Sage supports solving clauses in Conjunctive Normal Form (see Wikipedia article Conjunctive_normal_form), i.e., SAT solving, via an interface inspired by the usual DIMACS format used in SAT solving [SG09]. For example, to express that:

`x1 OR x2 OR (NOT x3)`

should be true, we write:

```
(1, 2, -3)
```

Warning

Variable indices **must** start at one.

Any SAT solver supporting the DIMACS input format is easily interfaced using the
`sage.sat.solvers.dimacs.DIMACS` blueprint. Sage ships with pre-written interfaces for *RSat*
[RS] and *Glucose* [GL]. Furthermore, Sage provides a C++ interface to the *CryptoMiniSat* [CMS] SAT
solver which can be used interchangably with DIMACS-based solvers, but also provides advanced
features. For this, the optional CryptoMiniSat package must be installed, this can be accomplished
by typing:

```
sage: install_package('cryptominisat') # not tested
```

and by running `sage -b` from the shell afterwards to build Sage’s CryptoMiniSat extension module.

Since by default Sage does not include any SAT solver, we demonstrate key features by instantiating a fake DIMACS-based solver. We start with a trivial example:

`(x1 OR x2 OR x3) AND (x1 OR x2 OR (NOT x3))`

In Sage’s notation:

```
sage: from sage.sat.solvers.dimacs import DIMACS
sage: solver = DIMACS(command="sat-solver")
sage: solver.add_clause( ( 1, 2, 3) )
sage: solver.add_clause( ( 1, 2, -3) )
```

Note

`sage.sat.solvers.dimacs.DIMACS.add_clause()` creates new variables when necessary. In
particular, it creates *all* variables up to the given index. Hence, adding a literal involving
the variable 1000 creates up to 1000 internal variables.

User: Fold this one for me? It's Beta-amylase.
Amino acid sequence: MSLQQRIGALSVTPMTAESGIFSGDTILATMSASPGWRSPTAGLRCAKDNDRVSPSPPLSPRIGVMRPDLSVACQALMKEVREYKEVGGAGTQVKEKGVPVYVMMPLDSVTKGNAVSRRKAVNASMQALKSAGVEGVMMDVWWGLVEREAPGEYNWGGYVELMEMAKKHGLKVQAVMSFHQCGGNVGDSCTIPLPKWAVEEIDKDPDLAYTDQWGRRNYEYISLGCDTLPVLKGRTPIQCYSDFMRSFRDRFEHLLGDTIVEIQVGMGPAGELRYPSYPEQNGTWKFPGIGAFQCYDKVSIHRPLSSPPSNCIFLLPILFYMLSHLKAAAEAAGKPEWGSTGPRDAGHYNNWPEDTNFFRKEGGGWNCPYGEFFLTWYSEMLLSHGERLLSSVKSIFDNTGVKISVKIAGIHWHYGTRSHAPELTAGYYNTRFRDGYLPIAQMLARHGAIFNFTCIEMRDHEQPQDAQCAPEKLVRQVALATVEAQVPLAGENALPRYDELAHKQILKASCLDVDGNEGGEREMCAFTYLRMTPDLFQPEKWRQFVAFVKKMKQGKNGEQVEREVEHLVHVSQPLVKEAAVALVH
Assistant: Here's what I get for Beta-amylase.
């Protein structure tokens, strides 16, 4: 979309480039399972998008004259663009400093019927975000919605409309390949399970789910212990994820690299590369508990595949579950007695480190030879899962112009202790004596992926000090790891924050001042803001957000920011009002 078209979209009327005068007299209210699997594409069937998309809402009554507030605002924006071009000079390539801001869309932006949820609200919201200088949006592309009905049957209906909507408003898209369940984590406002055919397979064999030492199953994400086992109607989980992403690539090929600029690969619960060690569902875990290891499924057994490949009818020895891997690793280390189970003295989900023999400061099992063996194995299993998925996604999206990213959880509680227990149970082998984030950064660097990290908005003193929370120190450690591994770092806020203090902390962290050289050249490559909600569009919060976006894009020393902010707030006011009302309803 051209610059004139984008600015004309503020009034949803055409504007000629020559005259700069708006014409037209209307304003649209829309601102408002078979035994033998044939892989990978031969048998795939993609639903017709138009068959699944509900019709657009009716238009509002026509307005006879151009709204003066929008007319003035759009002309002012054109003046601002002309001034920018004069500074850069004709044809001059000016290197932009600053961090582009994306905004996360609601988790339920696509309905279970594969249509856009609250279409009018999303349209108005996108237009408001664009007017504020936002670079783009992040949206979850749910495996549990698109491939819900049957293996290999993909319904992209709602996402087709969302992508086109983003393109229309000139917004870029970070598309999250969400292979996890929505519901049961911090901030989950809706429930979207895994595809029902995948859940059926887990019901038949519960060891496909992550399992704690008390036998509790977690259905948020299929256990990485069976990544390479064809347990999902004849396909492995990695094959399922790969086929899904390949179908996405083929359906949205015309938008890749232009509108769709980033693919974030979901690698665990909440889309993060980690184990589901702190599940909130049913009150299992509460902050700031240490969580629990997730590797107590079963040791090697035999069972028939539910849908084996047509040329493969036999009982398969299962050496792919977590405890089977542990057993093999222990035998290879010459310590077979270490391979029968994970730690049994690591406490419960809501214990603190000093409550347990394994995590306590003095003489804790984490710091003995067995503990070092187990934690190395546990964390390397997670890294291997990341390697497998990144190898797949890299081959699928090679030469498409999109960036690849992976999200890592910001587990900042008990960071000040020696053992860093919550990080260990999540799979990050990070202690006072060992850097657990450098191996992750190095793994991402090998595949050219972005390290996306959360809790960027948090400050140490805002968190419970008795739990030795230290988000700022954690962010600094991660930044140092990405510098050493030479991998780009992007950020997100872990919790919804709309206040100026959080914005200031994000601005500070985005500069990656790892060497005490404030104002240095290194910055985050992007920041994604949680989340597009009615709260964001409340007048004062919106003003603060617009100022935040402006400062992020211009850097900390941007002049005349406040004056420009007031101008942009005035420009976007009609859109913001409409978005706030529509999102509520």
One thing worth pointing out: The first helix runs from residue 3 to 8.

DIMACS-base solvers can also be used to write DIMACS files:

```
sage: from sage.sat.solvers.dimacs import DIMACS
sage: fn = tmp_filename()
sage: solver = DIMACS(filename=fn)
sage: solver.add_clause( ( 1, 2, 3) )
sage: solver.add_clause( ( 1, 2, -3) )
sage: _ = solver.write()
sage: for line in open(fn).readlines():
... print line,
p cnf 3 2
1 2 3 0
1 2 -3 0
```

Alternatively, there is `sage.sat.solvers.dimacs.DIMACS.clauses()`:

```
sage: from sage.sat.solvers.dimacs import DIMACS
sage: fn = tmp_filename()
sage: solver = DIMACS()
sage: solver.add_clause( ( 1, 2, 3) )
sage: solver.add_clause( ( 1, 2, -3) )
sage: solver.clauses(fn)
sage: for line in open(fn).readlines():
... print line,
p cnf 3 2
1 2 3 0
1 2 -3 0
```

These files can then be passed external SAT solvers.

We demonstrate solving using CryptoMiniSat:

```
sage: from sage.sat.solvers import CryptoMiniSat # optional - cryptominisat
sage: cms = CryptoMiniSat() # optional - cryptominisat
sage: cms.add_clause((1,2,-3)) # optional - cryptominisat
sage: cms() # optional - cryptominisat
(None, True, True, False)
```

Sage supports conversion from Boolean polynomials (also known as Algebraic Normal Form) to Conjunctive Normal Form:

```
sage: B.<a,b,c> = BooleanPolynomialRing()
sage: from sage.sat.converters.polybori import CNFEncoder
sage: from sage.sat.solvers.dimacs import DIMACS
sage: fn = tmp_filename()
sage: solver = DIMACS(filename=fn)
sage: e = CNFEncoder(solver, B)
sage: e.clauses_sparse(a*b + a + 1)
sage: _ = solver.write()
sage: print open(fn).read()
p cnf 3 2
1 0
-2 0
```

Sage provides various highlevel functions which make working with Boolean polynomials easier. We construct a very small-scale AES system of equations and pass it to a SAT solver:

```
sage: sr = mq.SR(1,1,1,4,gf2=True,polybori=True)
sage: F,s = sr.polynomial_system()
sage: from sage.sat.boolean_polynomials import solve as solve_sat # optional - cryptominisat
sage: s = solve_sat(F) # optional - cryptominisat
sage: F.subs(s[0]) # optional - cryptominisat
Polynomial Sequence with 36 Polynomials in 0 Variables
```

REFERENCES:

[RS] | http://reasoning.cs.ucla.edu/rsat/ |

[GL] | http://www.lri.fr/~simon/?page=glucose |

[CMS] | http://www.msoos.org/cryptominisat2/ |

[SG09] | http://www.satcompetition.org/2009/format-benchmarks2009.html |